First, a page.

of  /etc/environment  or  through  the  use of /etc/default/locale with values from the latter overriding values from the former. These
       files are read and they will be used to setup the LANG, LC_ALL, and LC_CTYPE environment variables. These variables are  then  used  to
       set the charset of mails, which defaults to 'C'.

       This  does  NOT  affect  the  environment  of tasks running under cron. For more information on how to modify the environment of tasks,
       consult crontab(5)

       The daemon will use, if present, the definition from /etc/timezone for the timezone.

       The environment can be redefined in user's crontab definitions but cron will only handle tasks in a single timezone.


       Debian introduces some changes to cron that were not originally available upstream. The most significant changes introduced are:

       —      Support for /etc/cron.{hourly,daily,weekly,monthly} via /etc/crontab,

       —      Support for /etc/cron.d (drop-in dir for package crontabs),

       —      PAM support,

       —      SELinux support,

       —      auditlog support,

       —      DST and other time-related changes/fixes,

       —      SGID crontab(1) instead of SUID root,

       —      Debian-specific file locations and commands,

       —      Debian-specific configuration (/etc/default/cron),

       —      numerous other smaller features and fixes.

       Support for /etc/cron.hourly, /etc/cron.daily, /etc/cron.weekly and /etc/cron.monthly is provided in Debian through the default setting
       of  the  /etc/crontab  file (see the system-wide example in crontab(5)).  The default sytem-wide crontab contains four tasks: run every
       hour, every day, every week and every month. Each of these tasks will execute run-parts providing each one of  the  directories  as  an
       argument. These tasks are disabled if anacron is installed (except for the hourly task) to prevent conflicts between both daemons.

       As  described  above,  the  files under these directories have to be pass some sanity checks including the following: be executable, be
       owned by root, not be writable by group or other and, if symlinks, point to files owned by root.  Additionally,  the  file  names  must
       conform  to  the  filename requirements of run-parts: they must be entirely made up of letters, digits and can only contain the special
       signs underscores ('_') and hyphens ('-'). Any file that does not conform to these requirements will not be executed by run-parts.  For
       example,  any  file  containing  dots will be ignored.  This is done to prevent cron from running any of the files that are left by the
       Debian package management system when handling files in /etc/cron.d/ as configuration files (i.e. files ending  in  .dpkg-dist,  .dpkg-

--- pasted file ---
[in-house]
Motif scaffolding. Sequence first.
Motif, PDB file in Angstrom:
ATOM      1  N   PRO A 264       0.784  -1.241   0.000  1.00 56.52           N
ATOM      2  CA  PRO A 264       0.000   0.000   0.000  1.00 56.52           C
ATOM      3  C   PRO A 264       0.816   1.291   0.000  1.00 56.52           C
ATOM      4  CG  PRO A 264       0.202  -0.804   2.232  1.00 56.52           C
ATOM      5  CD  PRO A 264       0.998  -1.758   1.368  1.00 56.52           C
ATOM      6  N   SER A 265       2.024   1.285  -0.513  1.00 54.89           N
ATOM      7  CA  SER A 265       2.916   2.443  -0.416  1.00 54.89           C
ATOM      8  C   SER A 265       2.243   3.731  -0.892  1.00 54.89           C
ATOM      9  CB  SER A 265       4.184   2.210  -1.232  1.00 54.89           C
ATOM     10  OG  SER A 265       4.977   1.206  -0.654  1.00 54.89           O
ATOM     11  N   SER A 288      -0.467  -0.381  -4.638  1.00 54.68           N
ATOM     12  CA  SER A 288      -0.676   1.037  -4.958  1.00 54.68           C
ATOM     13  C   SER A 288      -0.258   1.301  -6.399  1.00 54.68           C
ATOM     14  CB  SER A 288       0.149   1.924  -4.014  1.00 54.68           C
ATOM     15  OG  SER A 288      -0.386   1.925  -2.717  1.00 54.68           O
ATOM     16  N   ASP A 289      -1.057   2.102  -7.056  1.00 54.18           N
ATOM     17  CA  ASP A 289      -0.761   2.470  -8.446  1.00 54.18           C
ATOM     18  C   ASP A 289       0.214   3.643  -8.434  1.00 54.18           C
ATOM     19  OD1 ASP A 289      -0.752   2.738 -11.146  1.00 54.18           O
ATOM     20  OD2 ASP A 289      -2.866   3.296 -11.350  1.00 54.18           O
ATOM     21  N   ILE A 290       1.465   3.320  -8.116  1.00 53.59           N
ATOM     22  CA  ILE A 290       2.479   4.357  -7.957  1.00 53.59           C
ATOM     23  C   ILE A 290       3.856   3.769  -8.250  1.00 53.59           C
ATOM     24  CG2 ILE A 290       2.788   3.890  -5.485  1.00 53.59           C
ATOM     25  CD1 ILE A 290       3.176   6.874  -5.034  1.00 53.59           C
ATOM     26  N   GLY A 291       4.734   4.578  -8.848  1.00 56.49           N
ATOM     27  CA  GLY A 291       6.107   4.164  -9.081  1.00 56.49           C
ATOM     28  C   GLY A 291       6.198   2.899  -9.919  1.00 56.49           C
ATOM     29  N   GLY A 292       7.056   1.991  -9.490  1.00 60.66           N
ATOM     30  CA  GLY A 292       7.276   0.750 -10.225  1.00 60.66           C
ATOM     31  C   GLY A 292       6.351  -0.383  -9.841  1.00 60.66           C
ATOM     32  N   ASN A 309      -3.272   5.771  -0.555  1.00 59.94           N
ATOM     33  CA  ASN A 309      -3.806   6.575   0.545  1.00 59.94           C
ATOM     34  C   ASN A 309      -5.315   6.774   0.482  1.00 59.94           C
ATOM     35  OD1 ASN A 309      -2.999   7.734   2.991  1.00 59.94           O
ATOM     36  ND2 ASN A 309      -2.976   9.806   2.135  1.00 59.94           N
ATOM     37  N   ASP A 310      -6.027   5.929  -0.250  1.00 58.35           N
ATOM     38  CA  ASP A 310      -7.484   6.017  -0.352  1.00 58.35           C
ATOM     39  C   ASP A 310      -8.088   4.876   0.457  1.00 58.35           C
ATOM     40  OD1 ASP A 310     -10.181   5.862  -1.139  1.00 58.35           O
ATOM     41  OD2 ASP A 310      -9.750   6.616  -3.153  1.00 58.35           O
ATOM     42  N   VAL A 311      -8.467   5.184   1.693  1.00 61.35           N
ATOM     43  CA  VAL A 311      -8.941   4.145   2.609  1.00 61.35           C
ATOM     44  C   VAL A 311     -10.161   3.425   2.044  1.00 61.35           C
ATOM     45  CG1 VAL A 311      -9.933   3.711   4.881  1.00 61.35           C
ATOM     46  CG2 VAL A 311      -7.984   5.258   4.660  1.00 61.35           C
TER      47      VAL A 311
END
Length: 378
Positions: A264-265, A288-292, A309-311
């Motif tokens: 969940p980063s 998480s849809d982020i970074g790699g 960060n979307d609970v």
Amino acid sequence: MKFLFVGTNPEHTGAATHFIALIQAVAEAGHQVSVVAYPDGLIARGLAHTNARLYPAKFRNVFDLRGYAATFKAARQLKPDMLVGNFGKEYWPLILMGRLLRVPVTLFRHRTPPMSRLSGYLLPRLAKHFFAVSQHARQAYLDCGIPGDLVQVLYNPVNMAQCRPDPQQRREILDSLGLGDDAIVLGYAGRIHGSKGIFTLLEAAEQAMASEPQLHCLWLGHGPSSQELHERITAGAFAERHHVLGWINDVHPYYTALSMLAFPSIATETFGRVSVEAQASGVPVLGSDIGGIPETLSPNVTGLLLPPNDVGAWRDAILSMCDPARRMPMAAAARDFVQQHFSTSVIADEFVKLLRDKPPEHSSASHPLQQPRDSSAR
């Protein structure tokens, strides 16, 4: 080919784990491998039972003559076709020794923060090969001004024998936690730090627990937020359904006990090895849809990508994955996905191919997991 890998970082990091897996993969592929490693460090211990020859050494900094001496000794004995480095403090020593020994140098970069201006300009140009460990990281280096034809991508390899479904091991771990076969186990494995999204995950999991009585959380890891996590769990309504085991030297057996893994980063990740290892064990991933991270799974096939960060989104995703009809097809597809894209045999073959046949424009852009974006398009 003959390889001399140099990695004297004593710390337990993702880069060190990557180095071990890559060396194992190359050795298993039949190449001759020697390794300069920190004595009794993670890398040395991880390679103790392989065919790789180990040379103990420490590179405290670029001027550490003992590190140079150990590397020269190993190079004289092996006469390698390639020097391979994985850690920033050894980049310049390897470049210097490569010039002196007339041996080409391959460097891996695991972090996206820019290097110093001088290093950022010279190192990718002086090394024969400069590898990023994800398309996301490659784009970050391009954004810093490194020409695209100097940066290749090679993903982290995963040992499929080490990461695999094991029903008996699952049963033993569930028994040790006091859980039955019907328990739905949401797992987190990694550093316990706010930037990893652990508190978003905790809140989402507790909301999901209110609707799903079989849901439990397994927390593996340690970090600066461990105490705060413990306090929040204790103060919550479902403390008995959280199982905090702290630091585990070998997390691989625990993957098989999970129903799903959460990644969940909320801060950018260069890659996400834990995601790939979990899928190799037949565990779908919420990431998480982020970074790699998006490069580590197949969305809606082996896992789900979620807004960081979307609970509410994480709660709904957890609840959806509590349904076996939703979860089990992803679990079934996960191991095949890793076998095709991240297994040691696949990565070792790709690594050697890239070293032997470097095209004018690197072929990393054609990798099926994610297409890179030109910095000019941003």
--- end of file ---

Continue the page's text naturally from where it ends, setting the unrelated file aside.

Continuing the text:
orig, and .dpkg-new).

       This feature can be used by system administrators and packages to include tasks that will be run at defined intervals. Files created by
       packages in these directories should be named after the package that supplies them.

       Support for /etc/cron.d is included in the cron daemon itself, which handles this location as  the  system-wide  crontab  spool.   This
       directory  can  contain any file defining tasks following the format used in /etc/crontab, i.e. unlike the user cron spool, these files
       must provide the username to run the task as in the task definition.

       Files in this directory have to be owned by root, do not need to be executable (they are configuration files, just  like  /etc/crontab)
       and  must  conform  to  the  same naming convention as used by run-parts(8): they must consist solely of upper- and lower-case letters,
       digits, underscores, and hyphens. This means that they cannot contain any dots.  If the -l option is specified to cron (this option can
       be  setup  through  /etc/default/cron,  see  below),  then  they  must  conform  to  the LSB namespace specification, exactly as in the
       --lsbsysinit option in run-parts.

       The  intended  purpose  of  this  feature  is  to  allow  packages  that  require  finer  control  of   their   scheduling   than   the
       /etc/cron.{hourly,daily,weekly,monthly}  directories to add a crontab file to /etc/cron.d. Such files should be named after the package
       that supplies them.

       Also, the default configuration of cron is controlled by /etc/default/cron which is read by the init.d script that  launches  the  cron
       daemon.  This file determines whether cron will read the system's environment variables and makes it possible to add additional options
       to the cron program before it is executed, either to configure its logging or to define how it will treat the files under /etc/cron.d.


       crontab(1), crontab(5), run-parts(8)


       Paul Vixie <> is the author of
       and original creator of this manual page. This page has also been modified for
       Debian by Steve Greenland, Javier Fernandez-Sanguino and Christian Kastner.